Perhaps I got a bit carried away in my last entry in describing the post-Soviet industrial blight that can sometimes be seen along Armenian roads. Let me say that these places are few and far between, and that the diverse beauty of the Armenian countryside (mountains, rivers, plains) is by far the more dominant feature you encounter when traveling Armenia. Let me also say that for the most part, the roads we traveled on this road trip were for the most part nicely maintained, and I felt that traveling in car in Armenia is an ideal way to go.
So now back to the trip itself. We passed through Vanadzor and headed up into the mountainous region of Lori, where rocky cliffs rise above the road and a small green river slowly gnaws away the edges of the canyon. This is splendid country, easily as satisfying as driving the deep canyons of Colorado. The road rises and falls, and you pass through many cool little villages along the way. You see the people who smile and sometimes wave, but more often just go about their business. You wonder what life is like for these people. What they do for a living, how they get by day to day, what they know about world affairs (had they heard about New Orleans?), how many of the children have actually seen a Playstation (perhaps a few, eh?). And then we came upon a very nice new hotel in the area built by a young Armenian rug magnate to boost tourism to the region. It was largely empty, though. We stopped and had coffee there, and then hit the road again, stopping only when we reached a non-descript bend in the road where, high above, there loomed a lonely monastery.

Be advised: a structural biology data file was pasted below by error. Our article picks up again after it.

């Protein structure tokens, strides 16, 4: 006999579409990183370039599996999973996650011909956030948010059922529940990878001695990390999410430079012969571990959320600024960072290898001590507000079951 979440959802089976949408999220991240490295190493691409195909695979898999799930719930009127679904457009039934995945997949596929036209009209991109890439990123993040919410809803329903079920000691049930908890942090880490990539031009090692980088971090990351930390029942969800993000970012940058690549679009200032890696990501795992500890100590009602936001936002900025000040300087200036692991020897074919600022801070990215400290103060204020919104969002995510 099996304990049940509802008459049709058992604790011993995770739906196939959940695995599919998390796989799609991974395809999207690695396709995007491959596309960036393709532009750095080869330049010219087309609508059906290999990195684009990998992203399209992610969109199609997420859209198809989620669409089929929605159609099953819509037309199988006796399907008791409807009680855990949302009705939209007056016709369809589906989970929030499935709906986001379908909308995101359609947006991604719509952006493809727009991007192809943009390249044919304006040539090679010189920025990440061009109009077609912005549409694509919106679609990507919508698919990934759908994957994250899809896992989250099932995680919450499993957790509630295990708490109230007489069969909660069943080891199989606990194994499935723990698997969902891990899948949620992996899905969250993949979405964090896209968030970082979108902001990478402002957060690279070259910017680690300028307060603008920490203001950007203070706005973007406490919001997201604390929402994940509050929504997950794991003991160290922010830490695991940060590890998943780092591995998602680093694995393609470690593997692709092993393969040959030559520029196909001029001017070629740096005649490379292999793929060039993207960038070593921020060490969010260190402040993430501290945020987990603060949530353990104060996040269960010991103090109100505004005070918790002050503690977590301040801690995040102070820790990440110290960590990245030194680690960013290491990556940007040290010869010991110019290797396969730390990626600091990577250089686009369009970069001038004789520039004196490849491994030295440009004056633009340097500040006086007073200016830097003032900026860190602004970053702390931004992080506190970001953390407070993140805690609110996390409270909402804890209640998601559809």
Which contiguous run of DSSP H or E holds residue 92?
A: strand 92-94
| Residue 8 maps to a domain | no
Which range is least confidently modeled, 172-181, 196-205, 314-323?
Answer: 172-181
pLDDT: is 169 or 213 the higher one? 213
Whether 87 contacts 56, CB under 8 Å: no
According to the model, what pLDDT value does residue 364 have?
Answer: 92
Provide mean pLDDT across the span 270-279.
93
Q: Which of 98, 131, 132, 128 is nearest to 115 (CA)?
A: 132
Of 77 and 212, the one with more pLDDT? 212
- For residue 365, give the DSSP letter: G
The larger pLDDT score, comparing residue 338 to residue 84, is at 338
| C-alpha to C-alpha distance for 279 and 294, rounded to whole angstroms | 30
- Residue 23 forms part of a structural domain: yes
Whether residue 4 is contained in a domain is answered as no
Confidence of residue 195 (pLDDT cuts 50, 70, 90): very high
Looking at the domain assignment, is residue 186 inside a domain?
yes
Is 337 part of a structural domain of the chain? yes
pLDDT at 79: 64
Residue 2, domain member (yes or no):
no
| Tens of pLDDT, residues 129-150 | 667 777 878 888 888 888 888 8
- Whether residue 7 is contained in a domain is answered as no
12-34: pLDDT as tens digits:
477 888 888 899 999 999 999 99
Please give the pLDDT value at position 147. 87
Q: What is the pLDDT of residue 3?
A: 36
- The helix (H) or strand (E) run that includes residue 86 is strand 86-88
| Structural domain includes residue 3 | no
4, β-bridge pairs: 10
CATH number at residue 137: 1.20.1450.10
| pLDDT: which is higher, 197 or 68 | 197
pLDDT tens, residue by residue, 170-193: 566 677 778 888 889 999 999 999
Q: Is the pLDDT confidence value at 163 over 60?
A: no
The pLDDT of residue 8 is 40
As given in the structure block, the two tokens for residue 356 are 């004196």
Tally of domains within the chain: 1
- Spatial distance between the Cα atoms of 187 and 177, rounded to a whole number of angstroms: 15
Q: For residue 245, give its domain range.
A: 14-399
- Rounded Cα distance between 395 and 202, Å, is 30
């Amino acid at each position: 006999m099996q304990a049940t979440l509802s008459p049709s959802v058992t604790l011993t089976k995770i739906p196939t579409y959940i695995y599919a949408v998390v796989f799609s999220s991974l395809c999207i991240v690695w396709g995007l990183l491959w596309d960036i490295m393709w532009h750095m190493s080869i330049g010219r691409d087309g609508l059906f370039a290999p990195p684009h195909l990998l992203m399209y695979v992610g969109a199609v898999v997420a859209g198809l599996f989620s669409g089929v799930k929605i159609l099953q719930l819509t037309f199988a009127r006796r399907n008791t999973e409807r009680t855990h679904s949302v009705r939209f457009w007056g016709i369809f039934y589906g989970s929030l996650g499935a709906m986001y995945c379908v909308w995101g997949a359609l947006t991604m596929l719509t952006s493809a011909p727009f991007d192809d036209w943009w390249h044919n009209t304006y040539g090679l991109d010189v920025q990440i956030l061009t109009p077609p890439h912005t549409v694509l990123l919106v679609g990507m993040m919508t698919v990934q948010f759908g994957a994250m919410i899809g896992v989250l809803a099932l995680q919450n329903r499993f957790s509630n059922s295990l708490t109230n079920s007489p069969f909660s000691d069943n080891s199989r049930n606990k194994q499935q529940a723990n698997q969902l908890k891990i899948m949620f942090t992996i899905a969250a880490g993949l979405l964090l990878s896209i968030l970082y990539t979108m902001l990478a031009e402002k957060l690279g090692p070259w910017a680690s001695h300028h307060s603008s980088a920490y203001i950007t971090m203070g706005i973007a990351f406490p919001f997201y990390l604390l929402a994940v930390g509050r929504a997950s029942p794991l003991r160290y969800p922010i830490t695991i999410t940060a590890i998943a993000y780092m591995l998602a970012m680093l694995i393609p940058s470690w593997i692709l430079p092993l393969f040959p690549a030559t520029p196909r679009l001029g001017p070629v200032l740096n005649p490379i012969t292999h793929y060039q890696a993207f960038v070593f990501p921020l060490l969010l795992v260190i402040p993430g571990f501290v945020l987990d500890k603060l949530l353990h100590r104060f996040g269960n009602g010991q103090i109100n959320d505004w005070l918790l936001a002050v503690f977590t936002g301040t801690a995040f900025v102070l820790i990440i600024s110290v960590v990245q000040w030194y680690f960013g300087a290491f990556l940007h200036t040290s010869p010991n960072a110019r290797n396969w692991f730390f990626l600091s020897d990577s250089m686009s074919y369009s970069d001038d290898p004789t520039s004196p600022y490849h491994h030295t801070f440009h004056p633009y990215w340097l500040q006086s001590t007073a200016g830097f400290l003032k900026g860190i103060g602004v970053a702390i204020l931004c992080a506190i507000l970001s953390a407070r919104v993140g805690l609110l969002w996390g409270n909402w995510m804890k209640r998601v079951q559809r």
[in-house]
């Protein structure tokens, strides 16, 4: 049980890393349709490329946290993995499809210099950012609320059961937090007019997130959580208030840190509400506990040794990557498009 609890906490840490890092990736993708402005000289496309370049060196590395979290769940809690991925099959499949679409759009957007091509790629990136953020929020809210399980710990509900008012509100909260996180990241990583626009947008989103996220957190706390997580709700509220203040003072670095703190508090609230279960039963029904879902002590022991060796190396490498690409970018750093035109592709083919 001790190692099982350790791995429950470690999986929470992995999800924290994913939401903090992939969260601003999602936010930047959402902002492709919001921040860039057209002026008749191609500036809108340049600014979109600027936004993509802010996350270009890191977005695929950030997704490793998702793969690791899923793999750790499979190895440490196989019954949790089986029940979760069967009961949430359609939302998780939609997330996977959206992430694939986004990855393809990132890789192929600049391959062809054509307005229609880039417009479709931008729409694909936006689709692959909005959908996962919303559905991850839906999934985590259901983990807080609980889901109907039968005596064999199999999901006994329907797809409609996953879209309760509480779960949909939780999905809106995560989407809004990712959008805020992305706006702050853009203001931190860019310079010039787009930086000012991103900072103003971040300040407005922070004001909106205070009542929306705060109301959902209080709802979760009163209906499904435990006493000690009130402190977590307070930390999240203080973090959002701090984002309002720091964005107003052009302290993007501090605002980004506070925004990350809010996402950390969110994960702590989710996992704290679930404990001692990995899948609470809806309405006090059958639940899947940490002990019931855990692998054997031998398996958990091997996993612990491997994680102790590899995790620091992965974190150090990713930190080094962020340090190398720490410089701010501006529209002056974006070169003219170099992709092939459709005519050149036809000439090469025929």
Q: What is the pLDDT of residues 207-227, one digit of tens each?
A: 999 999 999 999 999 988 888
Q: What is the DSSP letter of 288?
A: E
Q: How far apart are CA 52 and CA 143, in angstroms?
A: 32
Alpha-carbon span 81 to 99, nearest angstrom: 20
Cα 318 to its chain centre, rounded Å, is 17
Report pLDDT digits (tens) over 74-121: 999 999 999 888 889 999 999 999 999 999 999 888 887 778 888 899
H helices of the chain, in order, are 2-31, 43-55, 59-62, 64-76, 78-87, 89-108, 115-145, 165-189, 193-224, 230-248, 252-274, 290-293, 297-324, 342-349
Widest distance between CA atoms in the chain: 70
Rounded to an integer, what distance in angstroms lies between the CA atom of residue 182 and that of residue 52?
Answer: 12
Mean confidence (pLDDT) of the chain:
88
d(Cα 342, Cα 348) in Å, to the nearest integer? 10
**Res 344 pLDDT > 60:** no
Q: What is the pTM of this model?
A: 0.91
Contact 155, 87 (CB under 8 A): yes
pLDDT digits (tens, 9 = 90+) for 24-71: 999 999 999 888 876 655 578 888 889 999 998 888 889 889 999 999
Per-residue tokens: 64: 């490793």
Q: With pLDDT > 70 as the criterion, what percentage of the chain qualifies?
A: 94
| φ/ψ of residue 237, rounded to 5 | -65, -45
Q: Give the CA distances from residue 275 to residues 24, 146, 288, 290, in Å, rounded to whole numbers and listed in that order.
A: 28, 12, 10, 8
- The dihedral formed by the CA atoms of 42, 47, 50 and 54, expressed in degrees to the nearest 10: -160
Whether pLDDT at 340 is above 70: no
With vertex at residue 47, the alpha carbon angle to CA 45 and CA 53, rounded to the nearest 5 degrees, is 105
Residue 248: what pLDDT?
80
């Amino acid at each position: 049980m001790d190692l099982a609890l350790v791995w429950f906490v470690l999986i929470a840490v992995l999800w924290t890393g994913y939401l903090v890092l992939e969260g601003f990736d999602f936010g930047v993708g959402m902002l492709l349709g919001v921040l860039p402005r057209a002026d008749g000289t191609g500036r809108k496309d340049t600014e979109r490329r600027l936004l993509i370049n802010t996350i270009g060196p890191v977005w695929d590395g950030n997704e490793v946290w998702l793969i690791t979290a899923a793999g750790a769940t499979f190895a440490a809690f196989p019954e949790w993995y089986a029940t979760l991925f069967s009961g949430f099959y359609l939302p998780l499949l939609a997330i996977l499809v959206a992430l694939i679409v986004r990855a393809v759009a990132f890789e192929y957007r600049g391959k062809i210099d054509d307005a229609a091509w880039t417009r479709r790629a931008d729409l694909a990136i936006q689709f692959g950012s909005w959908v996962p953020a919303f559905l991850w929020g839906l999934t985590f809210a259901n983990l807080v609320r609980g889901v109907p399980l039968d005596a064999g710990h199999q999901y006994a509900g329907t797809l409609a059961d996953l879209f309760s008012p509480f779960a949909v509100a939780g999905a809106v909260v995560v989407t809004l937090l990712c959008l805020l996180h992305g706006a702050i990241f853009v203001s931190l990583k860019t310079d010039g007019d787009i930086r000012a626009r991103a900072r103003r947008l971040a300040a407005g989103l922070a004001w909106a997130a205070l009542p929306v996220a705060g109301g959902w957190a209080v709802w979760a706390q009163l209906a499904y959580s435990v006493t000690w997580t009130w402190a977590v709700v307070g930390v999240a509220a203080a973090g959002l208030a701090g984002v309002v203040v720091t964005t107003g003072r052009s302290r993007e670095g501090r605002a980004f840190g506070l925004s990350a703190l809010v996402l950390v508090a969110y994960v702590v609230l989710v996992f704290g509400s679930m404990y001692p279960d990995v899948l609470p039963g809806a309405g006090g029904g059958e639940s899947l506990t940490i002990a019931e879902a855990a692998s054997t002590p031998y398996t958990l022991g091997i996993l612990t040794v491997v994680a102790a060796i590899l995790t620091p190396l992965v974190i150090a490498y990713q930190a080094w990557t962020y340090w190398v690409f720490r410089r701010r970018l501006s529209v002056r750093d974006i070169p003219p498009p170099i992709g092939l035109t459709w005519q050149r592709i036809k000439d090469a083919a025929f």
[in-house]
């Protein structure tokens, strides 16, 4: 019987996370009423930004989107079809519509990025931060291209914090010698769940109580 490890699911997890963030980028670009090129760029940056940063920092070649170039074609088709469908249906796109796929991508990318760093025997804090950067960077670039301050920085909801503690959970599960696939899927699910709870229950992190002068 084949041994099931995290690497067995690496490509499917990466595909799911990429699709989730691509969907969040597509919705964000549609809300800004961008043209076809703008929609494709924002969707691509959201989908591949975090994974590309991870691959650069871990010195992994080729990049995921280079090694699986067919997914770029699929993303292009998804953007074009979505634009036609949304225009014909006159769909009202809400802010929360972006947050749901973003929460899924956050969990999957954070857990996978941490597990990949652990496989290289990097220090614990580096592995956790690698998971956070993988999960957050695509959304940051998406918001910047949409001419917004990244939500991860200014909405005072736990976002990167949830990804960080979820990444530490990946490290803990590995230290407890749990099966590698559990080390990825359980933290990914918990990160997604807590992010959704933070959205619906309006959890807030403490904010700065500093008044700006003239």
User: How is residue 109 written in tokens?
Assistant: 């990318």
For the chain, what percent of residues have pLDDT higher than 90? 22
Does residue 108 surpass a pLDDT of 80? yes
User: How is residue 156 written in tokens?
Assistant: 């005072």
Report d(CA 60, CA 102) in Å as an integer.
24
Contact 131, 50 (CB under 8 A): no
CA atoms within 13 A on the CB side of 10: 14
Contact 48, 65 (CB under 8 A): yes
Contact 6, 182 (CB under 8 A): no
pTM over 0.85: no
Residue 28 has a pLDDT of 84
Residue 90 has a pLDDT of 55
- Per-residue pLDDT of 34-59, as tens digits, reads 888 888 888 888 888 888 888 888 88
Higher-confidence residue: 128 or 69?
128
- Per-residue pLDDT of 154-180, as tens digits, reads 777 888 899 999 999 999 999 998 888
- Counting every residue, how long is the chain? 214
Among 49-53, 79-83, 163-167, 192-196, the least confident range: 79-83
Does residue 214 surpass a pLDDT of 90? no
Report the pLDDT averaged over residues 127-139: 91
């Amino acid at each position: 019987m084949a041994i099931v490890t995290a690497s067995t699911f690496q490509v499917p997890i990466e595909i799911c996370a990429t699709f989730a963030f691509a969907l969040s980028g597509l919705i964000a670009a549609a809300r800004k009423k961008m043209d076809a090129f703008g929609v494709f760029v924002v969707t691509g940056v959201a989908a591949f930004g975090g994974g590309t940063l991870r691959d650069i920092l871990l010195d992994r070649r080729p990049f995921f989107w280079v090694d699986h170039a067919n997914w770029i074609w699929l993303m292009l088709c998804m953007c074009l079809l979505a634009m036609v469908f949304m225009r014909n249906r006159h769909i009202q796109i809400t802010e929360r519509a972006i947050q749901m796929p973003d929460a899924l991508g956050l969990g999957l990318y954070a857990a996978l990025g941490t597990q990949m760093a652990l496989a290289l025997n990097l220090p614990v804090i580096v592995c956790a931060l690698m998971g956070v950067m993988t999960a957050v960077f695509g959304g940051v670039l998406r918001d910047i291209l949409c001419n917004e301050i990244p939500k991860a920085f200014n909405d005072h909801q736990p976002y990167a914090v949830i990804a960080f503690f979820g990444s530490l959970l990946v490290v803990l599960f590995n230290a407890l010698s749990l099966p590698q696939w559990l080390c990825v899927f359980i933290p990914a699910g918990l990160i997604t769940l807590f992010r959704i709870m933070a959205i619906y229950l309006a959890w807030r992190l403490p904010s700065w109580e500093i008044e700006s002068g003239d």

We got out and climbed up a narrow trail, overgrown with weeds, that passed through a very small village. A small boy with a homemade bow and arrow trailed us until we reached the Kobayr Monastery (pictured) about 1/2 a mile up. The view from the small monastery was magnificent. You could see down the canyon to the river, and behind you, because the monastery is basically erected into the cliff, there was rock. In the open dome of the monastery is a lovely fresco, fading, but detailed, of Christ (remember that Armenia is a Christian nation…the FIRST Christian nation, as Armenians are more than ready to tell you). So there we were, taking all this in, all by ourselves.
This is one of the wonderfully satisfying things about Armenia. Because tourism is still so limited, you can find yourself in a place of immense beauty, and as you turn around you realize you are the only one there. No camera-toting American fatsos trundling up the hill from their Winnebagoes, no irritable ticket lady in a booth charging you outrageous fees to visit a monument (hey, the folks at the Taj Mahal…pay attention). It’s just you and the place (OK, and a kid with a bow and arrow). It was really excellent.